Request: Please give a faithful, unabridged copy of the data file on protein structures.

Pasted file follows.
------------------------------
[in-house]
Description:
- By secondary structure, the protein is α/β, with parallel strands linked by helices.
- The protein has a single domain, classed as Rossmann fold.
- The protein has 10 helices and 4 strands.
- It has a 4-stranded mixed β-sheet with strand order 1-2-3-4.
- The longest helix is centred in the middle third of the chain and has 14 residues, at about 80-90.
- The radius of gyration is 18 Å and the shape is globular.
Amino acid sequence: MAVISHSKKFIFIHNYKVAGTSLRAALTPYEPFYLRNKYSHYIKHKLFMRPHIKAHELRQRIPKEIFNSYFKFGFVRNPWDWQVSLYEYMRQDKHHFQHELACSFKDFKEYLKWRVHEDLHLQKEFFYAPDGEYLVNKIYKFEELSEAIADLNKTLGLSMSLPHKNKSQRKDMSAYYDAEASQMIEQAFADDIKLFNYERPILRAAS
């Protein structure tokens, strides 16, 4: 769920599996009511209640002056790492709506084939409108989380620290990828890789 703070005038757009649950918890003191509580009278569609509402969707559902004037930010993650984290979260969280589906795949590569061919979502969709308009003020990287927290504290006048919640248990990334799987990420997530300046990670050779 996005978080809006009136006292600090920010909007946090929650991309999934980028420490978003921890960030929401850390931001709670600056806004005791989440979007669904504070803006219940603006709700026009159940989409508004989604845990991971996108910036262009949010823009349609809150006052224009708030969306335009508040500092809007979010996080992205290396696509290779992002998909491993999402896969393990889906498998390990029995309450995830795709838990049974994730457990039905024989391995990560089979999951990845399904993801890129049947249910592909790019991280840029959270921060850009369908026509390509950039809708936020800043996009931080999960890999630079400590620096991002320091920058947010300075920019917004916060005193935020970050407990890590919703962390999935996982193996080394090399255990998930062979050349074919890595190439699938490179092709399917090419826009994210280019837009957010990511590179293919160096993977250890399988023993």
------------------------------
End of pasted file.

[in-house]
Description:
- By secondary structure, the protein is α/β, with parallel strands linked by helices.
- The protein has a single domain, classed as Rossmann fold.
- The protein has 10 helices and 4 strands.
- It has a 4-stranded mixed β-sheet with strand order 1-2-3-4.
- The longest helix is centred in the middle third of the chain and has 14 residues, at about 80-90.
- The radius of gyration is 18 Å and the shape is globular.
Amino acid sequence: MAVISHSKKFIFIHNYKVAGTSLRAALTPYEPFYLRNKYSHYIKHKLFMRPHIKAHELRQRIPKEIFNSYFKFGFVRNPWDWQVSLYEYMRQDKHHFQHELACSFKDFKEYLKWRVHEDLHLQKEFFYAPDGEYLVNKIYKFEELSEAIADLNKTLGLSMSLPHKNKSQRKDMSAYYDAEASQMIEQAFADDIKLFNYERPILRAAS
């Protein structure tokens, strides 16, 4: 769920599996009511209640002056790492709506084939409108989380620290990828890789 703070005038757009649950918890003191509580009278569609509402969707559902004037930010993650984290979260969280589906795949590569061919979502969709308009003020990287927290504290006048919640248990990334799987990420997530300046990670050779 996005978080809006009136006292600090920010909007946090929650991309999934980028420490978003921890960030929401850390931001709670600056806004005791989440979007669904504070803006219940603006709700026009159940989409508004989604845990991971996108910036262009949010823009349609809150006052224009708030969306335009508040500092809007979010996080992205290396696509290779992002998909491993999402896969393990889906498998390990029995309450995830795709838990049974994730457990039905024989391995990560089979999951990845399904993801890129049947249910592909790019991280840029959270921060850009369908026509390509950039809708936020800043996009931080999960890999630079400590620096991002320091920058947010300075920019917004916060005193935020970050407990890590919703962390999935996982193996080394090399255990998930062979050349074919890595190439699938490179092709399917090419826009994210280019837009957010990511590179293919160096993977250890399988023993």